One of my favourite quotes from C.S.Lewis's The Lion the Witch and the Wardrobe comes when the children enquire about the nature of Aslan, they want to know if he is safe;
“Safe?” said Mr. Beaver; “don’t you hear what Mrs. Beaver tells you? Who said anything about safe? ‘Course he isn’t safe. But he’s good. He’s the King, I tell you."
I've been pondering it as I ponder the commitment to discipleship we Methodists make through our Covenant Prayer in our annual Covenant Services. As we move through the service we are called to remember the covenant relationship we have with God and to recall his promises towards us, we are also reminded that those promises require a response from us, and as such we make our Covenant Prayer which begins with the powerful words:
"I am no longer my own but yours..."
To declare ourselves as belonging to another is a statement of trust, and one that might well draw from us the question "is he safe?" the answer is simple; Of course he isn't safe, not at all safe, but he is good....
I have to conclude that he is not safe because he continually calls us beyond our comfort zones, but he is good because he promises to supply us with all we need as we dare to follow him...
He is not safe because rather than protecting us from difficulties and pains he walks with us through them and even challenges us to grow and learn by them....
He is not safe for he does not call us to an easy road of comfort and ease, but a road of adventure whose surprising twists and turns demand that we redouble our efforts to rely upon him. When we do, even though as the Psalmist reminds us we might find ourselves walking through life's darker valleys he is there with us to comfort us, and he leads us to places of rest when we need it though the images of green pastures and still waters are not filled with the worldly comforts we might crave.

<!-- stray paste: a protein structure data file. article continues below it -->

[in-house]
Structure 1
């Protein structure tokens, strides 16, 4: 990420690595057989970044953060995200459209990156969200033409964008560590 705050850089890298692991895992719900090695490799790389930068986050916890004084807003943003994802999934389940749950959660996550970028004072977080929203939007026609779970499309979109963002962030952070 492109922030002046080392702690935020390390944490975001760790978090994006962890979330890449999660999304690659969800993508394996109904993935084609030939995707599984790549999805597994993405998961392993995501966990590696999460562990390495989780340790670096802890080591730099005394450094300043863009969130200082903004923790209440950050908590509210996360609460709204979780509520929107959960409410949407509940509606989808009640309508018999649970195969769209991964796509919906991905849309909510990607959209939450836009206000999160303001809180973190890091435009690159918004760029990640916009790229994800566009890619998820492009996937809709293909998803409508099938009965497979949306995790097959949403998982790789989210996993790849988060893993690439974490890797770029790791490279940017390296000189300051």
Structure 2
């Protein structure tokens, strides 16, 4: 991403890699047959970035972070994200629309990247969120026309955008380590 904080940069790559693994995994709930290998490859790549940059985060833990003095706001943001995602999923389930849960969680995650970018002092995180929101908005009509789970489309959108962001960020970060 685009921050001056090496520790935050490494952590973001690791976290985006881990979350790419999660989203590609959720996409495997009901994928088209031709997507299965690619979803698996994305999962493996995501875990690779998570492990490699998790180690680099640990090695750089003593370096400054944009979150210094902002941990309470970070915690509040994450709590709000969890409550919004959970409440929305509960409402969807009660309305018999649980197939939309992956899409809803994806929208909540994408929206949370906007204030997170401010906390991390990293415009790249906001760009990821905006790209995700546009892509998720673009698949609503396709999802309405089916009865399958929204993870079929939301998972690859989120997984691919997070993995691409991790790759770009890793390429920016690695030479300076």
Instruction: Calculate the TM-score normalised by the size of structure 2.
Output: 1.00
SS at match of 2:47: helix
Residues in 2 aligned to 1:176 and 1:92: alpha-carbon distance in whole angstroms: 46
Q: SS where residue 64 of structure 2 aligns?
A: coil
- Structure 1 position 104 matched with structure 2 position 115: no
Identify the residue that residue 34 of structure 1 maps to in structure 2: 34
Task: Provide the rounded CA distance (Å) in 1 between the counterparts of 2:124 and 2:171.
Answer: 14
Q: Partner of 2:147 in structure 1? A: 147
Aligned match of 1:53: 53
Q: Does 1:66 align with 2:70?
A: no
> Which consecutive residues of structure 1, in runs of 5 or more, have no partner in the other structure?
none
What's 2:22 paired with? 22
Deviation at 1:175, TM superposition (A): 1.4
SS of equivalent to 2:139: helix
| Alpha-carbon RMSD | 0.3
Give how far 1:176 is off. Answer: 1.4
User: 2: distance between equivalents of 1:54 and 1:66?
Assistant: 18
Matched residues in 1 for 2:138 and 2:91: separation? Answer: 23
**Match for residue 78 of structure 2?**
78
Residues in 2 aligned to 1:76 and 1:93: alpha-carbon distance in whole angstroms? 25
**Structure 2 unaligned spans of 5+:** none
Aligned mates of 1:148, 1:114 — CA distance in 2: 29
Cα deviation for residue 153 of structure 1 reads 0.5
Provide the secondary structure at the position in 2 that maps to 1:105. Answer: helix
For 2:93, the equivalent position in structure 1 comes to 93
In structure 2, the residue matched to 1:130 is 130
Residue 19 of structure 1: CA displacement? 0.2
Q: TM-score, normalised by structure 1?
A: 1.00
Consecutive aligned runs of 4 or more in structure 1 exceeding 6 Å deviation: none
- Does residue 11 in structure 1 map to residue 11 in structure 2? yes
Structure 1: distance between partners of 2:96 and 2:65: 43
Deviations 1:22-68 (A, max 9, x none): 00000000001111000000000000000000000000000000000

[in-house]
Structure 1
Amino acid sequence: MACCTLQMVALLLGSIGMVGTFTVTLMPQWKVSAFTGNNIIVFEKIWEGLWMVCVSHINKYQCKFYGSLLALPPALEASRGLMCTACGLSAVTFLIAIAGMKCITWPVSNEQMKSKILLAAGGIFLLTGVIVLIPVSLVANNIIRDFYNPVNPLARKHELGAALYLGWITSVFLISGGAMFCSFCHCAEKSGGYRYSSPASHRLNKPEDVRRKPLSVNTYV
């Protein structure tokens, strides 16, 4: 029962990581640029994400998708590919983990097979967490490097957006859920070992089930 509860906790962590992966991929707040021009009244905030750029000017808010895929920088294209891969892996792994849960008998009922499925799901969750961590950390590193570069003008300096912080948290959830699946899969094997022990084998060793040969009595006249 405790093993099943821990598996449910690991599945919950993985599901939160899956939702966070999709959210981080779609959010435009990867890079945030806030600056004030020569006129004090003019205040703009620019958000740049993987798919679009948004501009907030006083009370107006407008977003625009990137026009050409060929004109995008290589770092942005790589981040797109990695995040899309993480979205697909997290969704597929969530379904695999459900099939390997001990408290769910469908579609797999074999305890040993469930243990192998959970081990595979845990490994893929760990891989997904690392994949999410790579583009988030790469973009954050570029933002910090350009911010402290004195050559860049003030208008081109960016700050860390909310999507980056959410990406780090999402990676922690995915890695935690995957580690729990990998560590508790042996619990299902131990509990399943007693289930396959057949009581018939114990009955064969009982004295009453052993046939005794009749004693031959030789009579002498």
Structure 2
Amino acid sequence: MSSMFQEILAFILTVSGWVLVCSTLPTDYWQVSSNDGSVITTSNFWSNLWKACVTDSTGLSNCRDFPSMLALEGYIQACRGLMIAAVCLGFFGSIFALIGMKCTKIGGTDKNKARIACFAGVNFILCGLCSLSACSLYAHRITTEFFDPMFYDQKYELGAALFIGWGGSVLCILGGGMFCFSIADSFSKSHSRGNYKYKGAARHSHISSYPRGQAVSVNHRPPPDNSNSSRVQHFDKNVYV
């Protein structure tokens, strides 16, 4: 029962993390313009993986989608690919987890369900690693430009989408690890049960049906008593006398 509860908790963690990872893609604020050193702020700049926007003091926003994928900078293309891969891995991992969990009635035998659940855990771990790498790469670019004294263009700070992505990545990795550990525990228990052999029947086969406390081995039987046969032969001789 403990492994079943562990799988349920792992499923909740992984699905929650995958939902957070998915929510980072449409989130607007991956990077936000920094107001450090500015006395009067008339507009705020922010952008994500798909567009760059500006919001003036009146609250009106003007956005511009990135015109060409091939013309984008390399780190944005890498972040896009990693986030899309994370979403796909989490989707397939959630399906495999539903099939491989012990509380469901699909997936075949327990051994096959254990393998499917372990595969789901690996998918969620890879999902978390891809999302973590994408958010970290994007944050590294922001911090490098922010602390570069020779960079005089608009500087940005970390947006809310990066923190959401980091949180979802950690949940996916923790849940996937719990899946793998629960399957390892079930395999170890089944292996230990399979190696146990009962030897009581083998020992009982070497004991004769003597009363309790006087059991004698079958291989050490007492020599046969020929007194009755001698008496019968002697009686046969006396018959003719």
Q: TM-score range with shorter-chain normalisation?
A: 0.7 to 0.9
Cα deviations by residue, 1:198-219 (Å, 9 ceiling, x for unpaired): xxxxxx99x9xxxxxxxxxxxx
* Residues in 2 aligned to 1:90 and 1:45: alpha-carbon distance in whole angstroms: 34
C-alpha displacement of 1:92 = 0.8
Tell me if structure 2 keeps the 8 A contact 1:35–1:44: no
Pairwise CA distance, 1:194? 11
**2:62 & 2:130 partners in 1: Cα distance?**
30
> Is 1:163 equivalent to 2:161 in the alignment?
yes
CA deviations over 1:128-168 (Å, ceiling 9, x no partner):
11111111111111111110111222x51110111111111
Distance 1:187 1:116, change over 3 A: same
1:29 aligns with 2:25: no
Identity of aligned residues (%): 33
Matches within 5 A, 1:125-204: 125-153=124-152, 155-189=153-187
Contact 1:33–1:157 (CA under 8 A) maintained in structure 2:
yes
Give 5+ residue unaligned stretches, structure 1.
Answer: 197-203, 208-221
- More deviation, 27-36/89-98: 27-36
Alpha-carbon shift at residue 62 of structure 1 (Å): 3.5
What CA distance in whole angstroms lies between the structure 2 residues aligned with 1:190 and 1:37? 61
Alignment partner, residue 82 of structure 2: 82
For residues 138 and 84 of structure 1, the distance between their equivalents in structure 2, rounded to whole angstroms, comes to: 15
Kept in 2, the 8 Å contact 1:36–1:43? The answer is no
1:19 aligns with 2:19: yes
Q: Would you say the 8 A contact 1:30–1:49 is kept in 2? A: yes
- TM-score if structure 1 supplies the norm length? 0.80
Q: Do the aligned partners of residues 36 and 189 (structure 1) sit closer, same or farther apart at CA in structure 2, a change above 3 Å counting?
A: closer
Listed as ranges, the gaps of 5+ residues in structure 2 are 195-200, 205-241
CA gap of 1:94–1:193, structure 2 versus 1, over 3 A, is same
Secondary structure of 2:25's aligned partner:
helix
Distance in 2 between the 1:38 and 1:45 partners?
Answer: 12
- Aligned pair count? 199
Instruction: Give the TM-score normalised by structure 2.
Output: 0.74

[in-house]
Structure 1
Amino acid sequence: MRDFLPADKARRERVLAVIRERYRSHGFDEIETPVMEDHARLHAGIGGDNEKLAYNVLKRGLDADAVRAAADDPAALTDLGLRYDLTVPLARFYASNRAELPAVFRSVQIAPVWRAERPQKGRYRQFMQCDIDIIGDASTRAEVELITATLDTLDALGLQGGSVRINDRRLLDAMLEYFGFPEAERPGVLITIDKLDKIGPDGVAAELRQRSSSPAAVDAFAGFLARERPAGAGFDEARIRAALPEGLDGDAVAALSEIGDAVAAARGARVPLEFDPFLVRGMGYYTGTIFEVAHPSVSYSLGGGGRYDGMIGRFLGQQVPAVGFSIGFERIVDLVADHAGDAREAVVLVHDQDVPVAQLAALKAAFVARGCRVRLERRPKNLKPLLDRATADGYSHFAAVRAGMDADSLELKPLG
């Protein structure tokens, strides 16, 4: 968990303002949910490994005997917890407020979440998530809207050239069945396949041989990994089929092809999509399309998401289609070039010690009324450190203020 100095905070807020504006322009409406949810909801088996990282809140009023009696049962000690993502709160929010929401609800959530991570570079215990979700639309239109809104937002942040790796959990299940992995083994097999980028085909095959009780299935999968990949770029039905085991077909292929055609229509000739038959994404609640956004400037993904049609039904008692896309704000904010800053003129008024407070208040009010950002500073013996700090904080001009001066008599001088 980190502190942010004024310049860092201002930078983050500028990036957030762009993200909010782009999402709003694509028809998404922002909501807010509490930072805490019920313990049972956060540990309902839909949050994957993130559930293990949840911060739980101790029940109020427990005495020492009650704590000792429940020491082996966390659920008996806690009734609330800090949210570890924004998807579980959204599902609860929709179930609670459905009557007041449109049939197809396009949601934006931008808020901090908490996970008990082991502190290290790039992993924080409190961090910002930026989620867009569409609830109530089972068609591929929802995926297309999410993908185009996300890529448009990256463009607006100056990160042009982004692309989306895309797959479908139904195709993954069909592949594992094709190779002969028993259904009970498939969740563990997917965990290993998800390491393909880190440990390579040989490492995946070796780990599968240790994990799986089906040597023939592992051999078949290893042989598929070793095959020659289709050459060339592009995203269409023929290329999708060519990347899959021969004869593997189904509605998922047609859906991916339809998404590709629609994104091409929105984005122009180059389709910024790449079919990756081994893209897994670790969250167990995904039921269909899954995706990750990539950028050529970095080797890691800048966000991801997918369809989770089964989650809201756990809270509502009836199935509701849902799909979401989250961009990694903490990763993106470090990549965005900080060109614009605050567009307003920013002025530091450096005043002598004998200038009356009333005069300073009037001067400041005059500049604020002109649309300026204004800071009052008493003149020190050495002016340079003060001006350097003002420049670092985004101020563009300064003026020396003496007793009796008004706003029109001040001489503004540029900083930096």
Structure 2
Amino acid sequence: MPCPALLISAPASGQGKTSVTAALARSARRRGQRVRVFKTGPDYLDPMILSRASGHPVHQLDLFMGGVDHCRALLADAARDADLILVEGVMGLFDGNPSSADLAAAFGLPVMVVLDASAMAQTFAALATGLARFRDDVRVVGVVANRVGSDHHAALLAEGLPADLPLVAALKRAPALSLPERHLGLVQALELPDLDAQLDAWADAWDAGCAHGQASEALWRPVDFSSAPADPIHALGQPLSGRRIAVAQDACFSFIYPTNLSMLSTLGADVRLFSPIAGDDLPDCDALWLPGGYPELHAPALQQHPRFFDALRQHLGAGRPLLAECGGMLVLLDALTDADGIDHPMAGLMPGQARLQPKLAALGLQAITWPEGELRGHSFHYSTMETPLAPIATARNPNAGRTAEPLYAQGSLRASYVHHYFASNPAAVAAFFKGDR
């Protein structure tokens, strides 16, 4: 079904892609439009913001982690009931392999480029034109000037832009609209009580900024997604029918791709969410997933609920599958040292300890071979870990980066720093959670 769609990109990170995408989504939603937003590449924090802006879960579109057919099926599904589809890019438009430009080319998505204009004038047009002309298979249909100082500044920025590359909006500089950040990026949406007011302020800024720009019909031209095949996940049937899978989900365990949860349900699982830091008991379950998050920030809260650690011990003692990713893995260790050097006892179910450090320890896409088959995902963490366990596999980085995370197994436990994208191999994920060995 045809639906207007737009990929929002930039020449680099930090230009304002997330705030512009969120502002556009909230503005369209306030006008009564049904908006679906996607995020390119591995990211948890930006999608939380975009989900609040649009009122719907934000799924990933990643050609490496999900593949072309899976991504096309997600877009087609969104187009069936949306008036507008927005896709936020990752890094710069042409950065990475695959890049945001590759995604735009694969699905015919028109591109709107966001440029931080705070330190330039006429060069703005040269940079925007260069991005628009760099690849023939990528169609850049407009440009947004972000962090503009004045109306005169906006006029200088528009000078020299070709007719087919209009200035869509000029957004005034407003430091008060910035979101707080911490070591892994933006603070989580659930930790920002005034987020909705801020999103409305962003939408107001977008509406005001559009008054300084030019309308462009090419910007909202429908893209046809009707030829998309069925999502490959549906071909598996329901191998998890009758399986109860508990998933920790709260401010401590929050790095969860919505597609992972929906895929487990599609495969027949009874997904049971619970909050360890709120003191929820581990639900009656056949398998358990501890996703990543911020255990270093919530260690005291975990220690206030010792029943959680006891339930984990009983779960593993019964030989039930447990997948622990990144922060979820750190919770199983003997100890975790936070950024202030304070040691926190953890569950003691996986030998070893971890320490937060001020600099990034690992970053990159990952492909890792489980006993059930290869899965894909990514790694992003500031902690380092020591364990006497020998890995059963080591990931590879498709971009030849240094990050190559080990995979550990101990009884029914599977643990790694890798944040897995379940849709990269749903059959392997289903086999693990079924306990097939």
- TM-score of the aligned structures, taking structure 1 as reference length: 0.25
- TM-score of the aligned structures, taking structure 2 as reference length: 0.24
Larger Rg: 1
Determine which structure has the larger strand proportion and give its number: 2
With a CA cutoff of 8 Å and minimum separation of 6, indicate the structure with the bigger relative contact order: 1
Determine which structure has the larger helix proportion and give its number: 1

He is not safe, but he is good, and in all things he will work in us so that we become more the people we are called to be, for he sees in us more than we could ever see in ourselves, he draws us beyond our limited visions and dreams into wide and wild open spaces...
To crave safety limits us, at least to crave what we call safety limits us, for with him we are in many ways safer than we can imagine, for he reveals himself to us in the one who calmed the storm, the one who walked on the waters ( both of which are images of chaos). He reveals himself to us in the one who did not hold back from the cross, and who overcoming death invites us to participate in his glorious resurrection life.
The challenge comes when as we pray "I am no longer my own but yours" we have to be aware that the road might take us into a Holy Saturday experience of waiting and praying, and that to get to that Holy Saturday place we might, no, we will have to die to ourselves in whatever way he calls us. But he is good, he is the one who so often invites us to find the treasures of depth and new-found joy even in the darkest places....
He is not safe, well not as we might understand it anyway, but he is good, and it is with that assurance we pray:
'I am no longer my own but yours.
Put me to what you will,
rank me with whom you will;
put me to doing,
put me to suffering;
let me be employed for you,
or laid aside for you,
exalted for you,
or brought low for you;
let me be full,
let me be empty,
let me have all things,
let me have nothing:
I freely and wholeheartedly yield all things
to your pleasure and disposal.
And now, glorious and blessed God,
Father, Son and Holy Spirit,
you are mine and I am yours
So be it.
And the Covenant now made on earth,
Let it be ratified in heaven AMEN.'